Antigens

Antigens are high - molecular substances of organic origin, capable when introduced into the body to cause the formation of specific proteins - antibodies. Antigens are able to connect with those antibodies that have arisen under their influence. Antigenic properties of proteins and polysaccharides (the so-called full-antigens). Antigens are widely used in the diagnosis of infectious diseases to determine the nature of antibodies. The antigens used for this purpose, called diagnosticums.
In addition to full antigens can cause the formation of antibodies and respond to them, there are defective - haptens (mostly carbohydrates and lipids), which responds with the appropriate antibodies, but will not cause their education. The haptens are compounds that give the antigens certain specificity. The haptens turn into a full-antigens addition of protein. Some inorganic compounds, including pharmaceuticals (antipyrine, quinine, iodine and others), when the body can connect to its proteins and buy antigenic properties. The nature of immunological reaction antigens can be designated as agglutinogen that cause the formation of antibodies that govern the response of agglutination (see); precipitance - antigens, causing the formation of antibodies, participating in the reaction precipitation (see).

Antigens (from the Greek. anti - against and gennao - create, produce) are chemical compounds that, when injected into a human or animal body cause the formation of antibodies. Antigenic properties has a wide range of natural high-molecular compounds and first of all proteins, polysaccharides (see Vi-antigen) and their complexes. In addition, antigens can be artificially synthesized proteins and protein complexes with the most diverse in the structure of chemical compounds. When introduced into the body of conjugated compounds formed antibodies (see), specifically responsive to put into protein simple chemical group, which, when introduced into the body without the media, does not cause the formation of antibodies. These compounds because of their immunological passivity was named incomplete antigens, or haptens.
Currently, not all else is known about the conditions of antigenicity of a substance, however, no doubt that the degree of antigenicity protein is determined by some specific features of their chemical structure, which should be attributed a relatively high molecular weight. Indeed, relatively simple in composition and structure of Protamine and gelatin are not antigens, and egg and serum albumin (mol. weight 40 000-70 000) immunogenic in less than gamma globulins (mol. weight 160 000) or hemocyanin (mol. weight of 300 000 and more). An indispensable condition of antigenicity is the difference between the structure of the substance of any of the substances present in the body of the recipient. Own body proteins are not the antigens, if they have not been subjected to chemical processing, capable of changing their structure. In connection with the genetic differences between individuals of the same species of similar proteins (such as gamma globulin) they may have some differences in the structure. In this regard, one animal protein of this type can be antigen for another animal of the same species. Such antigens are called isoantigen.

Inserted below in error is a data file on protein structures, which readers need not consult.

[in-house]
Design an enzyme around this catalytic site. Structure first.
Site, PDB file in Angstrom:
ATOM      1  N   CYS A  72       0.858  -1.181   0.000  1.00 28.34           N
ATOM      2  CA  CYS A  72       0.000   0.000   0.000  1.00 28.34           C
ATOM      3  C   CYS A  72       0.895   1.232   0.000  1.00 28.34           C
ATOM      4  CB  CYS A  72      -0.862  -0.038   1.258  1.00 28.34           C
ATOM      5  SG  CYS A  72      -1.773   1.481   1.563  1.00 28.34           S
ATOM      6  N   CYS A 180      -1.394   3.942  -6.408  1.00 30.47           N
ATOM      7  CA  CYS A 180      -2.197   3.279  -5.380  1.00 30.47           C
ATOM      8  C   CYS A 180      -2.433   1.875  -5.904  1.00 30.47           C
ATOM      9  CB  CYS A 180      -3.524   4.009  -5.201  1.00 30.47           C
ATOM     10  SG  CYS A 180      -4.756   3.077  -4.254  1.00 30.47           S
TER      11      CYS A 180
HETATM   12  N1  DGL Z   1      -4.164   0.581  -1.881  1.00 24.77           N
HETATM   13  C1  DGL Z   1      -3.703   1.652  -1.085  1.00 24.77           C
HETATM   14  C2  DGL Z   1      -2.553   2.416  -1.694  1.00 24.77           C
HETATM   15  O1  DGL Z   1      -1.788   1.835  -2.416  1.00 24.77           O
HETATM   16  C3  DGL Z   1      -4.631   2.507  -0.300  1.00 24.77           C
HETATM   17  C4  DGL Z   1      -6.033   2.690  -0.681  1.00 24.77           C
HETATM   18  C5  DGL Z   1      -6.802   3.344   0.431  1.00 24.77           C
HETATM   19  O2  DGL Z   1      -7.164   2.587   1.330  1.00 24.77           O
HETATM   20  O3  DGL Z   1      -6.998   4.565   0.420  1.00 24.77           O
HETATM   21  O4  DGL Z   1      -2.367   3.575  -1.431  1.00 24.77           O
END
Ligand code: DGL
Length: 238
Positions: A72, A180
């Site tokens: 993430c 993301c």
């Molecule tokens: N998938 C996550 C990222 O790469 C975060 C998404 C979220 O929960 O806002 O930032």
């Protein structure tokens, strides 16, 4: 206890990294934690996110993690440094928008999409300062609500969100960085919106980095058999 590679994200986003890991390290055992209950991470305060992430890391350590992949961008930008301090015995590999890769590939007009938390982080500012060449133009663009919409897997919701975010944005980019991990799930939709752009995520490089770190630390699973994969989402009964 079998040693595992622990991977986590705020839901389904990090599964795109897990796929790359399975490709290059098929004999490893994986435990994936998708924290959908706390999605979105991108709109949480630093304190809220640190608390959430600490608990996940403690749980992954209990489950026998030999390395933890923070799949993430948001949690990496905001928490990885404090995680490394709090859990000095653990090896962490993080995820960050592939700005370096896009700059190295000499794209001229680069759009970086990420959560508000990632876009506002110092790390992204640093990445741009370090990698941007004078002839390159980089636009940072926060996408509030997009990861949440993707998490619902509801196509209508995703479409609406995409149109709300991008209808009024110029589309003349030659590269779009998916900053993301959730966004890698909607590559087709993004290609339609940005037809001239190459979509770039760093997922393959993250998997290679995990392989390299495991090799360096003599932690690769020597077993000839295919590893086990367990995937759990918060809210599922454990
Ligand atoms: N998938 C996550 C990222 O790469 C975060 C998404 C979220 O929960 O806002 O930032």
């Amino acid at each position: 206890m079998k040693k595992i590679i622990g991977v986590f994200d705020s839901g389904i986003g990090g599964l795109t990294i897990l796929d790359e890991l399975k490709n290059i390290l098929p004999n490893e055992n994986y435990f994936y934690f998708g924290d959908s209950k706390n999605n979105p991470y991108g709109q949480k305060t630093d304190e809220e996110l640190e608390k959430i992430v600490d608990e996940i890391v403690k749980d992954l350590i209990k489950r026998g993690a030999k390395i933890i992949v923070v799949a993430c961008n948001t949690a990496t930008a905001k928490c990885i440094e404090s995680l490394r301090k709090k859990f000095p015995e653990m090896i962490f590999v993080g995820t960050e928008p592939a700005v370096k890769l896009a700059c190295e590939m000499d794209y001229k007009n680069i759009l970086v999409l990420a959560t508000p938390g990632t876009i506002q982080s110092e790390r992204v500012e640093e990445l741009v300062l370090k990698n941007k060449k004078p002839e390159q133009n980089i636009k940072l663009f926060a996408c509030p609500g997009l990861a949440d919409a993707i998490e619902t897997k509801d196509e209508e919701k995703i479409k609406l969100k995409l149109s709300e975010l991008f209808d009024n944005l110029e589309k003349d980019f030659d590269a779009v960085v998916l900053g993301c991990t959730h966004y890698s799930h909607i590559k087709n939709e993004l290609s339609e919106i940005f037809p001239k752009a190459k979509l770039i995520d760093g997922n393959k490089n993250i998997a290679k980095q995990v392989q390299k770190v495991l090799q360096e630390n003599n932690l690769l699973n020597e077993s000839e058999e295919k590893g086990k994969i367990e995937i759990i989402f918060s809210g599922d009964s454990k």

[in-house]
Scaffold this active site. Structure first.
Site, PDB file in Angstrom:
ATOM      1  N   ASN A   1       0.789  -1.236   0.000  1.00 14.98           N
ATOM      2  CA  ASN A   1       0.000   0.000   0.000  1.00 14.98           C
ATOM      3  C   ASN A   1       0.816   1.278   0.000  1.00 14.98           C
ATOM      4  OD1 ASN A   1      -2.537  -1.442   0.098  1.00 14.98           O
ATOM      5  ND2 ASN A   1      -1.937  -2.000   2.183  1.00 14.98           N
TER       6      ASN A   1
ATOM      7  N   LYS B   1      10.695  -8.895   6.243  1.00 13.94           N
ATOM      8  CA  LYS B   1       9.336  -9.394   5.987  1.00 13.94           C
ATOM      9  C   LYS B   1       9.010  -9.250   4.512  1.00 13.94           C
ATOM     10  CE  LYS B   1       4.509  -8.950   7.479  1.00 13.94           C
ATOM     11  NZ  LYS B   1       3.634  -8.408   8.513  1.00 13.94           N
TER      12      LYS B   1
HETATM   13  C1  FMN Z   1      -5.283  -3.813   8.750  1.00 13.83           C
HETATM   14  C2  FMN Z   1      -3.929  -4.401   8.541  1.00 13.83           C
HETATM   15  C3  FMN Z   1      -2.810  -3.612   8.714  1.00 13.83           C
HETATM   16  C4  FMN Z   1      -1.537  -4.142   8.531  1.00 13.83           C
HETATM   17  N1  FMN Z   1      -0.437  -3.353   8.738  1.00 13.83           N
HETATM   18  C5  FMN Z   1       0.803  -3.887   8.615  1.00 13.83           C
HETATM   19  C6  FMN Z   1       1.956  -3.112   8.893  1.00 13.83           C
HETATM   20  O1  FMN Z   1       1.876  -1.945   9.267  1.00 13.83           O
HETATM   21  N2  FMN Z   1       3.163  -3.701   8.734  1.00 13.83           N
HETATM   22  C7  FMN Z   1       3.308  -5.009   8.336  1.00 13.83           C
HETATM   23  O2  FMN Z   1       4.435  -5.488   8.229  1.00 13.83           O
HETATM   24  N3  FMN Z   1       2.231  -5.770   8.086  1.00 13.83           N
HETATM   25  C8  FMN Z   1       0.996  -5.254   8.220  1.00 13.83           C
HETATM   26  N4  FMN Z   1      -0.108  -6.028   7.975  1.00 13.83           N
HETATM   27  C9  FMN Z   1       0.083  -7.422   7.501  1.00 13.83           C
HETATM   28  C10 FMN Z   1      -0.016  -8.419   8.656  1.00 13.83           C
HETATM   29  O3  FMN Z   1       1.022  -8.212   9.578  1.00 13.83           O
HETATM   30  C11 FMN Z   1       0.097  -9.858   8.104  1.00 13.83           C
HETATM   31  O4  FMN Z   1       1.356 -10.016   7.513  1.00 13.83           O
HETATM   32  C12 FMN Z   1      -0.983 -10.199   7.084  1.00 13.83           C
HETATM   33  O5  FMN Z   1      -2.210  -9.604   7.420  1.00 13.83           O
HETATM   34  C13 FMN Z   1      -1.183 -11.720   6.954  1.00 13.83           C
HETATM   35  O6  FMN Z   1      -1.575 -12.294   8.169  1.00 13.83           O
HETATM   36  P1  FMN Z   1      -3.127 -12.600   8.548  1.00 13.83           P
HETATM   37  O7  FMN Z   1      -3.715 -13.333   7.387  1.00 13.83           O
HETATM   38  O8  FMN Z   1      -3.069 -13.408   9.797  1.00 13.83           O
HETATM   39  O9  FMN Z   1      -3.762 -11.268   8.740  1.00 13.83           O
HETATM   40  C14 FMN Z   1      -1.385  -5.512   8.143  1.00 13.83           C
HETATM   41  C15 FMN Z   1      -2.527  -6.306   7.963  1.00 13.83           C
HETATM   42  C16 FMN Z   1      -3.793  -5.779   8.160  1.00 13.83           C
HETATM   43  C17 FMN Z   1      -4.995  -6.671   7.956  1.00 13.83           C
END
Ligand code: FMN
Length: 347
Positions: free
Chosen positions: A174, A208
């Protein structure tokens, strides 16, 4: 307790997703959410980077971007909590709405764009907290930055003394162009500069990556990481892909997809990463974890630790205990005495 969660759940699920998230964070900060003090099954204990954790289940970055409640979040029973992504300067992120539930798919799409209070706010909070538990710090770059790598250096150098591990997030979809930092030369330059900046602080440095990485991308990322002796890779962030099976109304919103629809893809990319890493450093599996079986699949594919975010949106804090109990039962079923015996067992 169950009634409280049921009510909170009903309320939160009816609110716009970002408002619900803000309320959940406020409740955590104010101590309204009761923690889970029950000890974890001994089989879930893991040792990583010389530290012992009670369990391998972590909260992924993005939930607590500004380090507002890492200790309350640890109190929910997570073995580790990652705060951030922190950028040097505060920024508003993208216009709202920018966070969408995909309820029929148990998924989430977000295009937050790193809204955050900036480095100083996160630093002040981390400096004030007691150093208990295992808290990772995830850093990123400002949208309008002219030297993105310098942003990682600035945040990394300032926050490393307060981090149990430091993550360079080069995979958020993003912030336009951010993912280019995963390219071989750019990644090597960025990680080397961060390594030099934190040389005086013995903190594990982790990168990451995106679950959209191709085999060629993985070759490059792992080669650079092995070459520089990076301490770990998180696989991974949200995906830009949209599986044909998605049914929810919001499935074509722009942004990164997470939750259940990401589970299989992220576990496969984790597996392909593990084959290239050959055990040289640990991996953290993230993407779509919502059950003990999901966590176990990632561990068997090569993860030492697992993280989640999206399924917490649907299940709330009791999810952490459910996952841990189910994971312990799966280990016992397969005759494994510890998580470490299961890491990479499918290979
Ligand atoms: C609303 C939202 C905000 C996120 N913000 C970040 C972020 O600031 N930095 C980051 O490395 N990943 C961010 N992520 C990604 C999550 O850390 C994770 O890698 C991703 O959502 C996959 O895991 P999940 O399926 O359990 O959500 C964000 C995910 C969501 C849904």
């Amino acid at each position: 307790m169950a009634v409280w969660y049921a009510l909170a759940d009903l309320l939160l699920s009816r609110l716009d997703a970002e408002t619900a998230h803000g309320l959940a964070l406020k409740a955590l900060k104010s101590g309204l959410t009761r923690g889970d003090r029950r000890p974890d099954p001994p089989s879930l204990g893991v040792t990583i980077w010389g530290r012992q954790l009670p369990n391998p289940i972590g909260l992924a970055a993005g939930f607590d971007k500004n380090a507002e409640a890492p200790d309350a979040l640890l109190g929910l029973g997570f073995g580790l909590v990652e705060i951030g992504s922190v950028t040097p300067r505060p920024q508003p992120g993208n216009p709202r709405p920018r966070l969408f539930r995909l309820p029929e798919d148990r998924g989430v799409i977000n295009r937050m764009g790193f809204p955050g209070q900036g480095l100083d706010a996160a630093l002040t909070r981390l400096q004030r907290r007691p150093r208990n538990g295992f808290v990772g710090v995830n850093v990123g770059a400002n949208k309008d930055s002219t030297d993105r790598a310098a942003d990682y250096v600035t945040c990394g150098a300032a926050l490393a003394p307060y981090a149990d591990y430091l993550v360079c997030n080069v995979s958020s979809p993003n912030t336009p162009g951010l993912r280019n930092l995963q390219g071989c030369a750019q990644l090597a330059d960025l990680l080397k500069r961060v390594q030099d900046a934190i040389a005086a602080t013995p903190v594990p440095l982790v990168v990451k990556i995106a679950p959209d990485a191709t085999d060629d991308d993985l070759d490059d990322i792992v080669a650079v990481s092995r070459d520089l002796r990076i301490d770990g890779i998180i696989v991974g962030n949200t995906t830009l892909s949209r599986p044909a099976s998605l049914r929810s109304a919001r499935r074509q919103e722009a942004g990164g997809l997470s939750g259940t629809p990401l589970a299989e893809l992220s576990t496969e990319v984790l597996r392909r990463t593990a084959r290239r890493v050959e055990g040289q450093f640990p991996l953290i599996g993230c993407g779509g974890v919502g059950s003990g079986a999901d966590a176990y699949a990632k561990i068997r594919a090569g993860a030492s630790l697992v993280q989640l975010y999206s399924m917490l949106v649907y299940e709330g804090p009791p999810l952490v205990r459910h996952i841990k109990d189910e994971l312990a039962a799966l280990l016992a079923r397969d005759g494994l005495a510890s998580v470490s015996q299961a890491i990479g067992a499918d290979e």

In certain pathological conditions own proteins, polysaccharides and their complexes as a result of changes in the chemical structure acquire the ability to autoimmunization. These proteins known when acquired hemolytic anemia, idiopathic thrombocytopenic purpura, nodular the nodosa, lupus erythematous and other diseases.
In connection with complex chemical structure of natural proteins and polysaccharides on the surface of their macromolecules is a significant number of antigenic determinants of different structures. Antigenic heterogeneity of individual proteins and polysaccharides results for immunization to the formation of a large set of antibodies of different specificity (see Immunity). If some proteins or polysaccharides of different origin individual antigenic determinants similar in its structure, formed antibodies will cross-react with both antigens. Antigenic relationship along with specific differences are established for similar proteins from different species (serum albumin, gamma-globulin) or somatic 0-antigens of coliform. In some cases the same antigenic determinants are found in very different in origin substances, for example of group-specific And antigens of eritrotsitov person and capsular polysaccharide pneumococcal type XIV. Serologically related cellular antigens are far from each other species was named heterogeneous A. Examples of such A. serve as antigens Forssmann - substances which when injected rabbits cause formation of mutton hemolysins.
Natural A. can meet in particulate and soluble form. Since the first investigated with immune serum agglutination reaction, they are called agglutinogenic. Accordingly soluble antigens, analyzed in the reaction of precipitation, sometimes called precipitiously. In corpuscular A. bacterial origin distinguish A. actually the body's cells and flagellar A., representing the chemical structure of proteins. If there are identical in structure of the determinants of agglutinogen and precipitance can have the same specificity of serological. Despite serological kinship, immunogenic activity of agglutinogenic and precipition differs: the formation of antibodies to agglutinogen is usually much harder.